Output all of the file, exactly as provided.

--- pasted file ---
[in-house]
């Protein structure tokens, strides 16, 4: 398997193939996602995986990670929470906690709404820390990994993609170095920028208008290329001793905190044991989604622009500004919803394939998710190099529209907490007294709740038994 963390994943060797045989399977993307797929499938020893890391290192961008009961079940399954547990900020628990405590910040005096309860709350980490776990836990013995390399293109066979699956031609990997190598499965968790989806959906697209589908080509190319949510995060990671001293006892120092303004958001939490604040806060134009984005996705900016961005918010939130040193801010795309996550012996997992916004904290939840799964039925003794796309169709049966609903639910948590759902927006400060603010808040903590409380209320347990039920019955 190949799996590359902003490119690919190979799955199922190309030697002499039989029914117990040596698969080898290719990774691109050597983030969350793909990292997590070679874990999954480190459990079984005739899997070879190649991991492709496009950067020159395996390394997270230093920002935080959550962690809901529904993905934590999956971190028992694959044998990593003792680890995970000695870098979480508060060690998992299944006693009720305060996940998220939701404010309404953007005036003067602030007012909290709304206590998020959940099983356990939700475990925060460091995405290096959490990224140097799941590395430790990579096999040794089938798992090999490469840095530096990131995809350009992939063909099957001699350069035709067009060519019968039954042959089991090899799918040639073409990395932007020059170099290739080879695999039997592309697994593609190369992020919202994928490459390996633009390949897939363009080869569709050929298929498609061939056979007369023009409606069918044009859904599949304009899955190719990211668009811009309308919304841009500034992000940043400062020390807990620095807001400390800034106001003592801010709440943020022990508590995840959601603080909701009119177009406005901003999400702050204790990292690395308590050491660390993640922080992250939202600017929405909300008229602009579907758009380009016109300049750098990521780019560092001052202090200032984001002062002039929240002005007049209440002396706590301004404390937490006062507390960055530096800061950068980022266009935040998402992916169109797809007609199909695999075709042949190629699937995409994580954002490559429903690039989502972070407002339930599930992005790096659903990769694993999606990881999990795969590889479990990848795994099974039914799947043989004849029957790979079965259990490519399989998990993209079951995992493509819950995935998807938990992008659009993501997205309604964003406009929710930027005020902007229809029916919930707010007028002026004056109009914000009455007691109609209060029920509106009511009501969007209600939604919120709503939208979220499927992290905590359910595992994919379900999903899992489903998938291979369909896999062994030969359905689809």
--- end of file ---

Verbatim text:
[in-house]
């Protein structure tokens, strides 16, 4: 398997193939996602995986990670929470906690709404820390990994993609170095920028208008290329001793905190044991989604622009500004919803394939998710190099529209907490007294709740038994 963390994943060797045989399977993307797929499938020893890391290192961008009961079940399954547990900020628990405590910040005096309860709350980490776990836990013995390399293109066979699956031609990997190598499965968790989806959906697209589908080509190319949510995060990671001293006892120092303004958001939490604040806060134009984005996705900016961005918010939130040193801010795309996550012996997992916004904290939840799964039925003794796309169709049966609903639910948590759902927006400060603010808040903590409380209320347990039920019955 190949799996590359902003490119690919190979799955199922190309030697002499039989029914117990040596698969080898290719990774691109050597983030969350793909990292997590070679874990999954480190459990079984005739899997070879190649991991492709496009950067020159395996390394997270230093920002935080959550962690809901529904993905934590999956971190028992694959044998990593003792680890995970000695870098979480508060060690998992299944006693009720305060996940998220939701404010309404953007005036003067602030007012909290709304206590998020959940099983356990939700475990925060460091995405290096959490990224140097799941590395430790990579096999040794089938798992090999490469840095530096990131995809350009992939063909099957001699350069035709067009060519019968039954042959089991090899799918040639073409990395932007020059170099290739080879695999039997592309697994593609190369992020919202994928490459390996633009390949897939363009080869569709050929298929498609061939056979007369023009409606069918044009859904599949304009899955190719990211668009811009309308919304841009500034992000940043400062020390807990620095807001400390800034106001003592801010709440943020022990508590995840959601603080909701009119177009406005901003999400702050204790990292690395308590050491660390993640922080992250939202600017929405909300008229602009579907758009380009016109300049750098990521780019560092001052202090200032984001002062002039929240002005007049209440002396706590301004404390937490006062507390960055530096800061950068980022266009935040998402992916169109797809007609199909695999075709042949190629699937995409994580954002490559429903690039989502972070407002339930599930992005790096659903990769694993999606990881999990795969590889479990990848795994099974039914799947043989004849029957790979079965259990490519399989998990993209079951995992493509819950995935998807938990992008659009993501997205309604964003406009929710930027005020902007229809029916919930707010007028002026004056109009914000009455007691109609209060029920509106009511009501969007209600939604919120709503939208979220499927992290905590359910595992994919379900999903899992489903998938291979369909896999062994030969359905689809």